The dual protagonists of this novel, Merin and Kobi, live in a society in which equality is the supreme value, and in which sexual freedom is nearly complete (except where it bumps up against the aforementioned value.) For many, this would be a utopia, but the problem for Merin and Kobi is that they crave subjugation. That might seem an unusual desire, but one need not look far to see how urges develop for little apparent reason other than a person being told that such activities are prohibited or taboo. Merin is a straight female serving as legislative worker bee. Kobi is a bisexual male who bartends at a leisure club that not only serves drinks but facilitates virtual reality cyber-sex. The two are roommates (part of equality is a pairing of unattached without consideration of gender or sexual orientation), and one evening in a buzz-fed stupor Kobi admits that he would like to know what it’s like to be enslaved.

This story in which these two try to figure out how to develop an underground community of those who revel in power dynamics as part of sexual activities, plays out in a larger geo-political and historical context. It turns out that the reason that this society (i.e. the Belledonians) is so keen on equality in all activities is that they were once a slave-owning empire, and they basically killed off another race of people who they’d enslaved (i.e. the Gehrish.) So, it’s a guilt-driven policy. As the individual level actions play out, this society is in trade and security negotiations with the Kylarans, a more technologically advanced society that still practices slavery. There is a fear that the Kylarans might decide not to trade as equals but to colonize the Belldonians.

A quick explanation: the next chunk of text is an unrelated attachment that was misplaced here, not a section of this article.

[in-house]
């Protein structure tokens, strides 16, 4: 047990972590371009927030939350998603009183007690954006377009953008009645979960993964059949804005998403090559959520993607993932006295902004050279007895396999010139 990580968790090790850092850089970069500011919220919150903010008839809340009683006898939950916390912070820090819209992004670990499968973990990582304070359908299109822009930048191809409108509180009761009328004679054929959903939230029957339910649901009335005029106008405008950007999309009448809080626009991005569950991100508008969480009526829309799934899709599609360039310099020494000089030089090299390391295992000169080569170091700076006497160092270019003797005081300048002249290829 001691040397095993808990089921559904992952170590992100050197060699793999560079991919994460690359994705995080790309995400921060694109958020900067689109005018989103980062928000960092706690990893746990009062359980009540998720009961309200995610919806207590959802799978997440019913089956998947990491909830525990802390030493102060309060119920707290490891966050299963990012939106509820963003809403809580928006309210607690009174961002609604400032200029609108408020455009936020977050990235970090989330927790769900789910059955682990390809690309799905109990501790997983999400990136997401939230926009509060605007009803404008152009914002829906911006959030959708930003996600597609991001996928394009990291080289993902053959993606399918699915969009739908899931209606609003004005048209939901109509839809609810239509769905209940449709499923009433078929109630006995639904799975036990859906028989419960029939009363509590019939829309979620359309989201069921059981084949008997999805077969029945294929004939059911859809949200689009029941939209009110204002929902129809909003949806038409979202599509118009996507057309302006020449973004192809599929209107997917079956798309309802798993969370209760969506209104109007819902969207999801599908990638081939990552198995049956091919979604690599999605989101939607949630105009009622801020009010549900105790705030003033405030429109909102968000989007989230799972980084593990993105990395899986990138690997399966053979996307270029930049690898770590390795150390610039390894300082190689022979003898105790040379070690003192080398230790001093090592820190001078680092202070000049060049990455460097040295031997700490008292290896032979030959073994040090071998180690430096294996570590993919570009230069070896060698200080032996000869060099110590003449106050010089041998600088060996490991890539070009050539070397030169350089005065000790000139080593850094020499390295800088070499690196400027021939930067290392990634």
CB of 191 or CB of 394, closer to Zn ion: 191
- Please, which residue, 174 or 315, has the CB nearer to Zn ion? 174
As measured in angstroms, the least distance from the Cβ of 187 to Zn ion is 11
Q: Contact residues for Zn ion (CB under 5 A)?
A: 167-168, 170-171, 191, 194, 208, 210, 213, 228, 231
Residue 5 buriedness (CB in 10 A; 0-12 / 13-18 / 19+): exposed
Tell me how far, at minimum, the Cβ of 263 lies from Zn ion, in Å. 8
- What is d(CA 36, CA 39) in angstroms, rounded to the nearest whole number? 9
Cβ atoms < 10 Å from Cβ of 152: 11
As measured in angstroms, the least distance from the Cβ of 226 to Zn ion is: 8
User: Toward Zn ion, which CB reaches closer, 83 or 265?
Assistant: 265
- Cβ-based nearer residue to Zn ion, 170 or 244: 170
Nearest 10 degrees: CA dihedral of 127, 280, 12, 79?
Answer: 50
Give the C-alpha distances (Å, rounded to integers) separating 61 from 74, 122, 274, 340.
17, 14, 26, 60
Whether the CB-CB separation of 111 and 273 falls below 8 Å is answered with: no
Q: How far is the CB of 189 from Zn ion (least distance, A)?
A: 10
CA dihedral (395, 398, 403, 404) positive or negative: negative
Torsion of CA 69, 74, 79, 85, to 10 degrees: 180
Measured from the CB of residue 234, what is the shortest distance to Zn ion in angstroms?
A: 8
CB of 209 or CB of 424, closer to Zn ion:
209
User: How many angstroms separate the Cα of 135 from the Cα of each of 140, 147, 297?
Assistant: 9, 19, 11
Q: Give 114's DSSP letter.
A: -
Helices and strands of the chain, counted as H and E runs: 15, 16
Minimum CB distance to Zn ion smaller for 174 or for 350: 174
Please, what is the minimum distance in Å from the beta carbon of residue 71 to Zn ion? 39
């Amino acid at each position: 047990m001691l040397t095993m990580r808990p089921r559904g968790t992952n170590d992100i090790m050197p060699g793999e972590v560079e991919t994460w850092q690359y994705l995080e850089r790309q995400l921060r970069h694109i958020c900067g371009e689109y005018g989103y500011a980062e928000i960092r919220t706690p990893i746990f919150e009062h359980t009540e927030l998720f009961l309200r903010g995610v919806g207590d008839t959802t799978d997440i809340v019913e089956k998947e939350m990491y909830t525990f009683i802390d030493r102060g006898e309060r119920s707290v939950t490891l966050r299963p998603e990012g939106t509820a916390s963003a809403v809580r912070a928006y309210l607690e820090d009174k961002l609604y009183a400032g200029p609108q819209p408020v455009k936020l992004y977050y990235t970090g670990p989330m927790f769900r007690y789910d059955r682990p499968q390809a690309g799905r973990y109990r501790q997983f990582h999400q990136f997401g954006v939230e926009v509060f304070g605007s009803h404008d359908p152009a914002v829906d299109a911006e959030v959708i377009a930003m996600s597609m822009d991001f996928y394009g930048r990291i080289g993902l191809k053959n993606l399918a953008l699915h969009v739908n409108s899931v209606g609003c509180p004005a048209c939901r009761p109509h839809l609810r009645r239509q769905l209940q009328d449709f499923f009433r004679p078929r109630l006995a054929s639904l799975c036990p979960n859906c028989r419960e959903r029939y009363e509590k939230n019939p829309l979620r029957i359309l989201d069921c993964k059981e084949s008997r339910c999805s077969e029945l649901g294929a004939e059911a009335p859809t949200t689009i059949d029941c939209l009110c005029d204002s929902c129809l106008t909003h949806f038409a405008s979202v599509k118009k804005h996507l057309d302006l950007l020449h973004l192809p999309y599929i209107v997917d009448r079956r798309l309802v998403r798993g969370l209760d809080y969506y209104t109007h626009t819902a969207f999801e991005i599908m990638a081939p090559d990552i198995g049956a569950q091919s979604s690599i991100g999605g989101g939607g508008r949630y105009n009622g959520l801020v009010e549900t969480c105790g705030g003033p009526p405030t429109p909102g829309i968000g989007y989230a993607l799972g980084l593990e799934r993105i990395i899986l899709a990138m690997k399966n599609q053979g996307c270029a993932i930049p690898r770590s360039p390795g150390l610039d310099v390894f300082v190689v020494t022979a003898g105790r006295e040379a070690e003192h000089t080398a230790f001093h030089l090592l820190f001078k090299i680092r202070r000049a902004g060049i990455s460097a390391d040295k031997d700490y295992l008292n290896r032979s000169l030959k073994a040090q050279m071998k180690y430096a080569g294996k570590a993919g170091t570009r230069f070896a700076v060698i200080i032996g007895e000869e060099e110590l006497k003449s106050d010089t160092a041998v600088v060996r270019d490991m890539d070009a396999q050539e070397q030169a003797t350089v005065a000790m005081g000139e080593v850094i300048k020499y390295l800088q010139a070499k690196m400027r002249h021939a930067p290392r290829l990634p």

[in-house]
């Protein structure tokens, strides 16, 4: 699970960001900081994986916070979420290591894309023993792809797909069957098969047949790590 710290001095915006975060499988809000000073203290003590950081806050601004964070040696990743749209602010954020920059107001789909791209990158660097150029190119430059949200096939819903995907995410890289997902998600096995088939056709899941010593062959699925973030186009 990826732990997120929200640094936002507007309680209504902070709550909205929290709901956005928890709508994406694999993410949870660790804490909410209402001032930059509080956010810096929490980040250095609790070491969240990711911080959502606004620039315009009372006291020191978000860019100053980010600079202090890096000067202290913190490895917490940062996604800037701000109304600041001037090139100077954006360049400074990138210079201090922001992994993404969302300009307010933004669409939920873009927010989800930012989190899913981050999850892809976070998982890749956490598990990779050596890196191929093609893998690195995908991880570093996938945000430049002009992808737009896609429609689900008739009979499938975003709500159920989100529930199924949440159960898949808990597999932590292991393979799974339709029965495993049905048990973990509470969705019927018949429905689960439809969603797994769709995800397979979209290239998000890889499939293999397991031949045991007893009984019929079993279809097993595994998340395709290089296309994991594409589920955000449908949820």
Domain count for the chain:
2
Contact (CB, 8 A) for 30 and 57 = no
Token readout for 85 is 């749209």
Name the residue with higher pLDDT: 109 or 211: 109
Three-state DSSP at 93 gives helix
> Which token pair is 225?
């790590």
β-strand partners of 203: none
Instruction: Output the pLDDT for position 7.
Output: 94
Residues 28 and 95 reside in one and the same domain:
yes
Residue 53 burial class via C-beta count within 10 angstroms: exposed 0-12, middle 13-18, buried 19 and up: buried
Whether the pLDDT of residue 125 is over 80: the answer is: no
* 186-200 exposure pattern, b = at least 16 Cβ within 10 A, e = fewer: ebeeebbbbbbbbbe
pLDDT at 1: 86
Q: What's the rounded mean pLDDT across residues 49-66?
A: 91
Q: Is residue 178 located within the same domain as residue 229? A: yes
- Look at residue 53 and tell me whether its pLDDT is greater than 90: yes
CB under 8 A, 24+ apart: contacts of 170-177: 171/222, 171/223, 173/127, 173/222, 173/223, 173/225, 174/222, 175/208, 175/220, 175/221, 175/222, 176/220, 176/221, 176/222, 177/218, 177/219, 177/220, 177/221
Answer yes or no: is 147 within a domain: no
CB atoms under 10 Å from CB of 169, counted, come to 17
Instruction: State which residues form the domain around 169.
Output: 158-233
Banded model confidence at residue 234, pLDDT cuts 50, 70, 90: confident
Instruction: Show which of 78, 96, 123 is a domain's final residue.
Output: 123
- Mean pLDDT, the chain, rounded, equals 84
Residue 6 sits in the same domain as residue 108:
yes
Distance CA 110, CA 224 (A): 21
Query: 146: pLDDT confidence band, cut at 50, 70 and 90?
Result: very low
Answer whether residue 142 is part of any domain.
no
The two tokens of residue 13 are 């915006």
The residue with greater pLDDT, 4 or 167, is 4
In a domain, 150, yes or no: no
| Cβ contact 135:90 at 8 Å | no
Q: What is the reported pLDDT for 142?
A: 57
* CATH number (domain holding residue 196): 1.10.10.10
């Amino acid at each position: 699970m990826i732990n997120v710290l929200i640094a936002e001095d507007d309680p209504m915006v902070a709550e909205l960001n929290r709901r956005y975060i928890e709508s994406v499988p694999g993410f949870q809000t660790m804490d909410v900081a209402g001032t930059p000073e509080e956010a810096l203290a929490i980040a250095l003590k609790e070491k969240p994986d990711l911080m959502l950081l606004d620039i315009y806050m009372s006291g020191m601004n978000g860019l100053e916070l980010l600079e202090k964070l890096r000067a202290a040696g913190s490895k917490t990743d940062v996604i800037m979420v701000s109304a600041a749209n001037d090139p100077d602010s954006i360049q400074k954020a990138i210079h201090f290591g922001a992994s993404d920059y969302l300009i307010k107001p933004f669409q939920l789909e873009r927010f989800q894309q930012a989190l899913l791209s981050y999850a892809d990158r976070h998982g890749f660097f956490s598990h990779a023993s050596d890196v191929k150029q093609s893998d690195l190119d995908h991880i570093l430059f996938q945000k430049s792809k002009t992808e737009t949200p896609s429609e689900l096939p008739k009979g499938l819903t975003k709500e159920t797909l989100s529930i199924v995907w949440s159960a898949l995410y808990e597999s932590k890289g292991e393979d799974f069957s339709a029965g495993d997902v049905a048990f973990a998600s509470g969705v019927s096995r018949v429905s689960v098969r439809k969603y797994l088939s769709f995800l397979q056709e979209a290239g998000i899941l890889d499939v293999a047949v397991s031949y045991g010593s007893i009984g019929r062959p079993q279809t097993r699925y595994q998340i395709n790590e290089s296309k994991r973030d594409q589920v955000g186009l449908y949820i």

The resolution of the story brings this sadomasochism fight club story line into contact with the larger geo-political story, and that raises the stakes and presents one with varying philosophical stances on the dominant – submissive relationship. While the Belledonians had brutally oppressed the race they subjugated (i.e. the Gehrish,) the Kylarans have a much more traditional, protocol-driven, and complex approach to these power dynamic driven relations. For example, leaders must spend time as slaves before they can progress upward in the chain of command.

As I hope has been made clear, this book combines erotica with sci-fi and sex scenes are ubiquitous and kinky. Readers who are squeamish about such matter will probably want to steer clear. However, if one isn’t disturbed by sex, and sexual power play, this story is readable and intriguing. I would recommend it for those who are intrigued by stories at the nexus of science fiction and erotica.

View all my reviews

BOOK REVIEW: The Claiming of Sleeping Beauty by A.N. Roquelaure (a.k.a. Anne Rice)

The Claiming of Sleeping Beauty The Claiming of Sleeping Beauty by A.N. Roquelaure
My rating: 3 of 5 stars

Amazon page